Love him or hate him, there’s no denying that Elvis Presley is an icon. Given his iconic status, it is surprising that he’s never had his life adapted on the big screen before. Less surprising, is that Baz Luhrmann would be the man to do it.
Despite the film’s name, Elvis isn’t the films narrator, Colonel Tom Parker (Tom Hanks) takes on this role, and as unreliable as he is, this makes more sense to fit with Luhrmann’s style. The story he is telling is heightened, it starts with a fourth wall break by a dying man trying to prove to the audience that he isn’t the villain of the story and that he was the one that made Elvis become the icon.
This choice is actually a good one, at least from a narrative standpoint. Parker was a showman, an ex-carny, and that’s the aesthetic that the film has. The worst part about having Hanks narrate the film is how insufferable his performance is, some people will blame the prosthetic he wears, but Hanks simply can’t act past the prosthetic. Unfortunately, he is the weakest aspect of the film and it’s hard to say if making his performance as awful as possible was a way for the audience to dislike Col. Parker as much as possible.
The prosthetic make-up itself on Hanks by Sean Genders is brilliant. Hanks looks like Parker, but his performance is flat. It’s as if he believed the prosthetics would do all the work for him. But as poor as I found Tom Hanks’ portrayal, Austin Butler’s performance is the exact opposite. The aspect of Butler’s portrayal that I really loved was that he never used those typical ‘Elvis-isms’ we’ve come to associate with Elvis. There’s no upturned lip, no “thank you, thank you very much”, instead Butler plays Elvis seriously, and it works perfectly.
Butler starts as Elvis in his 20s and up to the final weeks of his life, where he re-enacts his rendition of ‘Unchained Melody’ that would become one of Elvis’ most iconic performances. This is the live performance that I know Elvis best from. It is powerful and shows that despite his weight gain and drug issues, he remained an incredibly strong performer. Butler’s acting in this particular scene is the strongest in the entire film. I can’t think of an aspect he didn’t excel at, the Memphis accent is pulled off, and despite the fact he doesn’t look like Elvis, he has his physical mannerisms down pat. But when he performs on stage, these are the greatest moments in the film.
The scenes with Elvis on stage are some of the most spectacular, and if you’ve seen Baz Luhrmann’s Moulin Rouge, this shouldn’t be surprising. Luhrmann has never shied away from filling every frame of his films with as much as he can. However, the scenes in Elvis are far more restrained than the rest of his filmography, almost savouring the quick cuts, zooms and bombastic music just for the scenes when Elvis is performing on stage or surrounded by the music that inspired him.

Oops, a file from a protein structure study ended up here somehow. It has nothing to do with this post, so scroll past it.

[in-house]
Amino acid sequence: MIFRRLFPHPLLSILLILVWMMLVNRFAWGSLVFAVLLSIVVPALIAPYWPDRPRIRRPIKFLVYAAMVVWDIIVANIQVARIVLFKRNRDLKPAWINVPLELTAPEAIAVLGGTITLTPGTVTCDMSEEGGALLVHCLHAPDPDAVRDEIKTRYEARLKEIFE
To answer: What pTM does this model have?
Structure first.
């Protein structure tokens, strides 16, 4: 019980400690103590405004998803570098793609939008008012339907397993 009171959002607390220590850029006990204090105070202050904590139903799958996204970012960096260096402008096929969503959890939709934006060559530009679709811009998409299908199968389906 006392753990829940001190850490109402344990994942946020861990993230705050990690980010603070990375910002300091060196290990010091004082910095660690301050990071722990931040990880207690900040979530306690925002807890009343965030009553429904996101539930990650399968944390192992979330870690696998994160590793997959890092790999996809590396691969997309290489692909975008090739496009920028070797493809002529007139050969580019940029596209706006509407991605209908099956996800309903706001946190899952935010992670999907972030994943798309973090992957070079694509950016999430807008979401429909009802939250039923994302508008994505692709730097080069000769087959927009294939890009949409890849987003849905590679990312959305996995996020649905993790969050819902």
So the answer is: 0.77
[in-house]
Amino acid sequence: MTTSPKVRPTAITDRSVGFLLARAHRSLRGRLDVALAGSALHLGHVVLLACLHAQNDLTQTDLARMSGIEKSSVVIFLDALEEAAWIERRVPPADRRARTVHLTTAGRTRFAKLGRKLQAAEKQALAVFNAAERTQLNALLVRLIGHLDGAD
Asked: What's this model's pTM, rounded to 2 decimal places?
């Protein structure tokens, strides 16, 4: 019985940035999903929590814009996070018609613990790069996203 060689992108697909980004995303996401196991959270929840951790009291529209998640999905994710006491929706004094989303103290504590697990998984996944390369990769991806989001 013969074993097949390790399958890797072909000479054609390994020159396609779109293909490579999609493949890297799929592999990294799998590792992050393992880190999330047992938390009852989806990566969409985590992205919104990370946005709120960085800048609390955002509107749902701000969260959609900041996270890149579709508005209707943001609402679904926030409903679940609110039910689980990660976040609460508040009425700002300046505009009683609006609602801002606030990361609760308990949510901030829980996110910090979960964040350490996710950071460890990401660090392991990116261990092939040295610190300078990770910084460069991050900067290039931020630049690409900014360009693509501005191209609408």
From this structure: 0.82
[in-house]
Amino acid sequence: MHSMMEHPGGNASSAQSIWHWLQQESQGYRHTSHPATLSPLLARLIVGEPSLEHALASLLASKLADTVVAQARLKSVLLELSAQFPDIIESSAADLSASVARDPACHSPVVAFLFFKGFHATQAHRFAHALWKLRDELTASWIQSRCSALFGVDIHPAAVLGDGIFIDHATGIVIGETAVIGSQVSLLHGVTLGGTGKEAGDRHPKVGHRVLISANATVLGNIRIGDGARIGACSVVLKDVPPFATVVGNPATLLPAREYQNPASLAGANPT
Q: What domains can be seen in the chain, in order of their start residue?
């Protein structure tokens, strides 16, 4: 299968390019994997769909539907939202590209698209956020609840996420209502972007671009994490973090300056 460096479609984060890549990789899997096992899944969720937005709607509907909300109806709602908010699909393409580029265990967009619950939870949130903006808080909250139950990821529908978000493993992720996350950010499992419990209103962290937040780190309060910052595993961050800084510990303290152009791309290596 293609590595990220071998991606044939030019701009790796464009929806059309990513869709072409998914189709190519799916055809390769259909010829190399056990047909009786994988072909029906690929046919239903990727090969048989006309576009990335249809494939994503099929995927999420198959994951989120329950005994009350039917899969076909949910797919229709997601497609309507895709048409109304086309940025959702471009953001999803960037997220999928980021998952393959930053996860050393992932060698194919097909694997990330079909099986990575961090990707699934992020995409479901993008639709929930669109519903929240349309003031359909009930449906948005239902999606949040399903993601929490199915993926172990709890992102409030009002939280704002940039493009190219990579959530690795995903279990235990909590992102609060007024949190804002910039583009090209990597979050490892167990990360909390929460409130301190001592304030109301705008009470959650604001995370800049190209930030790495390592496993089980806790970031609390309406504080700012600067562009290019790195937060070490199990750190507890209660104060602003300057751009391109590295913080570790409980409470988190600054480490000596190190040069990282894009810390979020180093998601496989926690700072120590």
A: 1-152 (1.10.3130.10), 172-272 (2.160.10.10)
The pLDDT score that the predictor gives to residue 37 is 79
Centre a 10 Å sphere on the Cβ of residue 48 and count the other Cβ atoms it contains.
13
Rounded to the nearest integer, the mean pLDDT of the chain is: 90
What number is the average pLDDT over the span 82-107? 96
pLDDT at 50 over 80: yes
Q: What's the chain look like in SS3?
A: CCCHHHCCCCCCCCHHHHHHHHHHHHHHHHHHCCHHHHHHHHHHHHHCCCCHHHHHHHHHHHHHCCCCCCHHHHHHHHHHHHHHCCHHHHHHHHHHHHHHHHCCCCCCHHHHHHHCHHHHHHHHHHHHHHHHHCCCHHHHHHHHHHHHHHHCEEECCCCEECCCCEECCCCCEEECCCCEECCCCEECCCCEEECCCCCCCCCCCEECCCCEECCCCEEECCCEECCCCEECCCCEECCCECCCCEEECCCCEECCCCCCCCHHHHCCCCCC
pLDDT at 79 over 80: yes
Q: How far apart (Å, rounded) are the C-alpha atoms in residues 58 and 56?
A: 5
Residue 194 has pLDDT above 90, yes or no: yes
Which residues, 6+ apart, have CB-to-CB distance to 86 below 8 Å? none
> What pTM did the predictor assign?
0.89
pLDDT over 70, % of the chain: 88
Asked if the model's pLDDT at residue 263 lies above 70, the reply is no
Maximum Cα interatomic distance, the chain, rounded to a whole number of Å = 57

One example of this is after Elvis leaves Graceland, frustrated by his family and Col. Parker, Elvis drives to Beale Street where he can be immersed in the gospel and rhythm and blues music that inspired him so much. At Graceland, the edits were almost non-existent, and the camera is stagnant. But as soon as he arrives in Beale Street, the energy is amplified and the camera work is the contributing factor to this, energetic and broad. The cinematography is a direct reflection of Elvis’ emotions, showing that performing and being surrounded by music were the things that gave him the most joy in his short but impressive life.
Luhrmann’s wife and long-time costume designer Catherine Martin has some of her best work in Elvis. The costumes that are the most prominent are obviously the ones for Elvis and his wife, Priscilla. Both have worn something that has stuck in our pop culture brain that is familiar to us, but in the film, they have been slightly altered to fit with this version of Elvis life.
Working with both Prada and Miu Miu, what Martin has created is a slightly modernised version of Elvis’ classic costumes. Looking at the costumes of Elvis’ time in Las Vegas, the theatrical extravagance of them has been taken above typical Luhrmann levels, becoming characters in their own right. As Butler performs in them, they become almost hypnotic, full of bling and fringe, perfectly mirroring the level of excess that Elvis’ life reached at this point. Flashbacks to his humble beginnings in oversized suits are almost upsetting, showing the way he has become more image than human at this point.
Like previous Luhrmann films, anachronisms are everywhere. There are period correct songs, but they have been remixed with newer artists such as Doja Cat or Tame Impala that add a level of energy to certain scenes. This is a Baz Luhrmann film. It isn’t meant to be historically accurate. The slight modernisation of costumes and music added are part of this story being a retelling from an unreliable narrator. After much reflection, I believe Elvis is one of, if not the best music biopic yet. The performance by the leading actor is almost faultless, and the use of film making techniques and the direction suits the film’s subject perfectly.
It’s easy to see why the people that knew Elvis Presley personally loved this film. Not only is Elvis a gorgeous film but it also shows the life of “The King” in all the glittery glory he was known for.